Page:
Passing by, the Pharmacy Lab might appear to be a stylish boutique spa, with its white monochromaticity, central basin, and shelves of aesthetically pleasing bottles. In reality, the East End Toronto storefront is a compounding pharmacy, which offers medications custom mixed by pharmacists for more personalized care (like special dosage needs, food or medication allergies, or different formats).
For the Pharmacy Lab, local firm Studio Architecture & Collaboration (StudioAC for short), founded in 2015 by Andrew Hill and Jennifer Kudlats, opted for minimalism and an all-white space, a more imaginative and welcoming take on the utilitarian aesthetic of most doctors’ offices. Visitors enter the retail area at the front of the space and proceed to the back for their pharmaceutical needs. Where many pharmacies have shelves overflowing with an overwhelming assortment of products, the Pharmacy Lab keeps things simple, stocking clean white shelves with curated self-care and wellness items that supplement medication.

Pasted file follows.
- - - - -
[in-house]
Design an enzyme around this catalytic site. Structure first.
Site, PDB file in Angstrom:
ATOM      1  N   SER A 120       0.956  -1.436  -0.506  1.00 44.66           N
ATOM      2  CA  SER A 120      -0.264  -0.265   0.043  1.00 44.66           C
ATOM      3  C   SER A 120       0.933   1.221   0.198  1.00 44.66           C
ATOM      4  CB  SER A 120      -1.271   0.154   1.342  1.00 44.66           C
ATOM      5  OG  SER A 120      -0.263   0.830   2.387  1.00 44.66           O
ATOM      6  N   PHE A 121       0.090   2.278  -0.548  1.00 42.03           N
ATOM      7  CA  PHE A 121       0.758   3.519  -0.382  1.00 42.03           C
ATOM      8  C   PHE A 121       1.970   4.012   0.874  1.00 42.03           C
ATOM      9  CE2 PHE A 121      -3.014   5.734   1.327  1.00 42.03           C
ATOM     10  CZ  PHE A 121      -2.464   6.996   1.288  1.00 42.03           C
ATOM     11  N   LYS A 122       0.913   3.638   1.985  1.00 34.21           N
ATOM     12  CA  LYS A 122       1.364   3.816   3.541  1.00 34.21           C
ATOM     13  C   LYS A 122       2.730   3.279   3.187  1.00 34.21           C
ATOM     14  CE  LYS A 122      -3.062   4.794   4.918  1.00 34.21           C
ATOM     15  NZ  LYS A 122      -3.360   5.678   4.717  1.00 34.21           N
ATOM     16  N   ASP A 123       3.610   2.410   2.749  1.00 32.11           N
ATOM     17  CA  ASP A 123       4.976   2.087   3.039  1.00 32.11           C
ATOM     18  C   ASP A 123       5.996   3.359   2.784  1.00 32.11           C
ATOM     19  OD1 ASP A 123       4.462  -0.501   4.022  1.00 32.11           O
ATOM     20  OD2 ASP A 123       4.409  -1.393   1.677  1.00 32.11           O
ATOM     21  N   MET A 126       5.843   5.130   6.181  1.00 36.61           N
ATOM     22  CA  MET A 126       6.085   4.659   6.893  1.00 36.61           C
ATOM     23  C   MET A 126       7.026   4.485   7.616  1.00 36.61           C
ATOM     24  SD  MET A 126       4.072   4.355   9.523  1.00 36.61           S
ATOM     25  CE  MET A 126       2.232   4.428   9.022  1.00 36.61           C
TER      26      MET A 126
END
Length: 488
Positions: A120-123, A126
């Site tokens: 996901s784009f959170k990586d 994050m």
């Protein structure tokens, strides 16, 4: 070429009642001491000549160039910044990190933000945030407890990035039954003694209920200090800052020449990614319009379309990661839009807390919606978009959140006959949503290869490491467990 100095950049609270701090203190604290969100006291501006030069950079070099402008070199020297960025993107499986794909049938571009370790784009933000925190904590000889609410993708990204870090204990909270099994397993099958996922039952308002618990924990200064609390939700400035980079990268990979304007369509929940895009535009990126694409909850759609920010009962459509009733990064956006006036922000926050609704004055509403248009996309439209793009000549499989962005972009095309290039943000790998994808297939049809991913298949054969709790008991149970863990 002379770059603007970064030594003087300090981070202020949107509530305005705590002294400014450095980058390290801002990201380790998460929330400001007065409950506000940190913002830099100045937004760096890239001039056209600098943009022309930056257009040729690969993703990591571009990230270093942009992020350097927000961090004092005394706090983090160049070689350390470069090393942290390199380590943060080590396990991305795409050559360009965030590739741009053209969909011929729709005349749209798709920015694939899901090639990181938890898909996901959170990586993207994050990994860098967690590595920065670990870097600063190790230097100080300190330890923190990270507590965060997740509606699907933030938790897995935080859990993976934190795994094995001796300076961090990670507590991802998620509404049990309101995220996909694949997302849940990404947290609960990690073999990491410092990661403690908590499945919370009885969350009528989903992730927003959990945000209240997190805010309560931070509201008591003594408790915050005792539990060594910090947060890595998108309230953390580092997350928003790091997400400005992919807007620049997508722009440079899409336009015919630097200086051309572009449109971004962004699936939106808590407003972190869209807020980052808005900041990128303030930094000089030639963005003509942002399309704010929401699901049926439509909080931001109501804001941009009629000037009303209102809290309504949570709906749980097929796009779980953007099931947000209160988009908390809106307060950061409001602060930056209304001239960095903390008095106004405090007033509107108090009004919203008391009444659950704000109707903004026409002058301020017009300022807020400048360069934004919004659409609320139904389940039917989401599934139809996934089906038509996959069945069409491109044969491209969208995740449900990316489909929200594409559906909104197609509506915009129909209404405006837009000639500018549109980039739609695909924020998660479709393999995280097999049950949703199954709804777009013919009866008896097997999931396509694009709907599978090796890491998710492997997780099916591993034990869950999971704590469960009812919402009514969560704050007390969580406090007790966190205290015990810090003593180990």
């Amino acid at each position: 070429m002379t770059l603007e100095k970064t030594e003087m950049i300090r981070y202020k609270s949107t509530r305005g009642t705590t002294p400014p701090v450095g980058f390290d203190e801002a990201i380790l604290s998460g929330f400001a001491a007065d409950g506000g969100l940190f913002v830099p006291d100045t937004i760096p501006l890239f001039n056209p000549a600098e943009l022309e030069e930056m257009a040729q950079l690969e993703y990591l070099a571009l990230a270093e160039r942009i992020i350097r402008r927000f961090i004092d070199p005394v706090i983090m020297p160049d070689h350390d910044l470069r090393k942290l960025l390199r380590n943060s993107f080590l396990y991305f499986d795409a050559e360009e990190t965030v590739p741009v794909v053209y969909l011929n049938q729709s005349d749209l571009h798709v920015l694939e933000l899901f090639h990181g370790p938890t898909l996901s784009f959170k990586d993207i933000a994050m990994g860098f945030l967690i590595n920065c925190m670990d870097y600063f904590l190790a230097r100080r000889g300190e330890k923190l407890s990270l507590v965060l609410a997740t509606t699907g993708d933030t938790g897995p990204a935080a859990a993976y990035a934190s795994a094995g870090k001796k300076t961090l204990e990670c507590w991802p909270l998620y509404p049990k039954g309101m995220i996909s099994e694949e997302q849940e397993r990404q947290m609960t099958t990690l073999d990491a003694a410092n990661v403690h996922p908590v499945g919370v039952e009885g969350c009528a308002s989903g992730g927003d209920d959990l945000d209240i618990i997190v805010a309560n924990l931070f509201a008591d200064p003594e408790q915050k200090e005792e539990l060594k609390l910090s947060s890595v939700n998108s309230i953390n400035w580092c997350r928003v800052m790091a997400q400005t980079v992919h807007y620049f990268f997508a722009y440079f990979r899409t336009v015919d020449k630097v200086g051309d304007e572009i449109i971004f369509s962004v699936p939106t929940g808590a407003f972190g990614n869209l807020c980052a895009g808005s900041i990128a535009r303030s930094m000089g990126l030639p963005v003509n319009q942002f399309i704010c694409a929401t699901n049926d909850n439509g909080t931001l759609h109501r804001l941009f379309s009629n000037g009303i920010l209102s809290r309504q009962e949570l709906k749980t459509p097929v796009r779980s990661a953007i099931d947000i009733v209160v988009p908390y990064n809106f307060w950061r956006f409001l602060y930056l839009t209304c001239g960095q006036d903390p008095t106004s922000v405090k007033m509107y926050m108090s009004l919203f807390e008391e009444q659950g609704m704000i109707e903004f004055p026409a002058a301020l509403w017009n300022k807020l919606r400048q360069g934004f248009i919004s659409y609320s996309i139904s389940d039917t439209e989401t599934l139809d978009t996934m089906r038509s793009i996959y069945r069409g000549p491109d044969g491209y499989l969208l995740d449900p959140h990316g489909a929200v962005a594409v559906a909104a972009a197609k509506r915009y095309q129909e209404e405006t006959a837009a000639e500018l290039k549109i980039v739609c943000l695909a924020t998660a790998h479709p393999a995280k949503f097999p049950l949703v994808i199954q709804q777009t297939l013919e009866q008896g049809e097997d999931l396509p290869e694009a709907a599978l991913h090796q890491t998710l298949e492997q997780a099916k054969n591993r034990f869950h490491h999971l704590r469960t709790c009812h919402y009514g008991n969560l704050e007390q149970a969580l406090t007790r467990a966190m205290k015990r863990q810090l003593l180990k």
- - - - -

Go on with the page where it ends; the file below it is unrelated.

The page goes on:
The focal point is the criss-crossing rib arches that run along the ceiling and give the illusion of a dome. At its apex, a simple round, white custom lighting fixture illuminates the semicircle podium below and the stone vessel basin that sits atop it off to one side.
Mosaic tiles in varying sizes are used throughout to bring textural dimension and cohesion.The largest tiles are on the floor of the retail section, while little white tiles are used along the sides of the podium, on the faces of the arches, and mirrored below them in narrow strips. Smaller cyclindrical podiums, also clad in tile, jut up in various corners of the space like minimalist stalagmites. As the space transitions from retail to pharmacy, the flooring changes to compact rectangular beige tiles that flow up onto a ledge that serves as a waiting bench.
StudioAC reimagines the pharmacy in an environment that makes accessing medicine a calmer and more approachable experience for all in the Pharmacy Lab.
Photography by Jeremie Warshafsky.